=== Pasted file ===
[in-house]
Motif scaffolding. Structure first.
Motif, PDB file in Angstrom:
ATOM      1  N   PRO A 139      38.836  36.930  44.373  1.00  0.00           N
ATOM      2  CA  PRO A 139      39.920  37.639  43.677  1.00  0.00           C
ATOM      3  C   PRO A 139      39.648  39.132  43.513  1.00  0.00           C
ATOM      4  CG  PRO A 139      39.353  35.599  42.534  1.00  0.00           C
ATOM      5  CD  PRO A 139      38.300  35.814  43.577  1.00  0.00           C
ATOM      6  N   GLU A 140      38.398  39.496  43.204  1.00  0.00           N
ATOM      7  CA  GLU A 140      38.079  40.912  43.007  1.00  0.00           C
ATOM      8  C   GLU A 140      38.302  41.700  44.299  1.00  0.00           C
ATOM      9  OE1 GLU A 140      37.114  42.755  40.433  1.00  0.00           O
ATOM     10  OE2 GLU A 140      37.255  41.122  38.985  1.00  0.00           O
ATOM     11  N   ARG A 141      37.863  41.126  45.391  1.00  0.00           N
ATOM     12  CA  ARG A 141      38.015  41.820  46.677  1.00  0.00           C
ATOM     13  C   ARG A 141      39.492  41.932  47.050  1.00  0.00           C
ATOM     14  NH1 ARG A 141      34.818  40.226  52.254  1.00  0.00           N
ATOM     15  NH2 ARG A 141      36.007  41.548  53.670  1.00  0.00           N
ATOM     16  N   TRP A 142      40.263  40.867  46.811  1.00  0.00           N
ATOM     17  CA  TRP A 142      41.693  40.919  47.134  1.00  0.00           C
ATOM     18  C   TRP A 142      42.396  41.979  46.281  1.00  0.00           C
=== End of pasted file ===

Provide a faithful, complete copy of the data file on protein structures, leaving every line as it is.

[in-house]
Motif scaffolding. Structure first.
Motif, PDB file in Angstrom:
ATOM      1  N   PRO A 139      38.836  36.930  44.373  1.00  0.00           N
ATOM      2  CA  PRO A 139      39.920  37.639  43.677  1.00  0.00           C
ATOM      3  C   PRO A 139      39.648  39.132  43.513  1.00  0.00           C
ATOM      4  CG  PRO A 139      39.353  35.599  42.534  1.00  0.00           C
ATOM      5  CD  PRO A 139      38.300  35.814  43.577  1.00  0.00           C
ATOM      6  N   GLU A 140      38.398  39.496  43.204  1.00  0.00           N
ATOM      7  CA  GLU A 140      38.079  40.912  43.007  1.00  0.00           C
ATOM      8  C   GLU A 140      38.302  41.700  44.299  1.00  0.00           C
ATOM      9  OE1 GLU A 140      37.114  42.755  40.433  1.00  0.00           O
ATOM     10  OE2 GLU A 140      37.255  41.122  38.985  1.00  0.00           O
ATOM     11  N   ARG A 141      37.863  41.126  45.391  1.00  0.00           N
ATOM     12  CA  ARG A 141      38.015  41.820  46.677  1.00  0.00           C
ATOM     13  C   ARG A 141      39.492  41.932  47.050  1.00  0.00           C
ATOM     14  NH1 ARG A 141      34.818  40.226  52.254  1.00  0.00           N
ATOM     15  NH2 ARG A 141      36.007  41.548  53.670  1.00  0.00           N
ATOM     16  N   TRP A 142      40.263  40.867  46.811  1.00  0.00           N
ATOM     17  CA  TRP A 142      41.693  40.919  47.134  1.00  0.00           C
ATOM     18  C   TRP A 142      42.396  41.979  46.281  1.00  0.00           C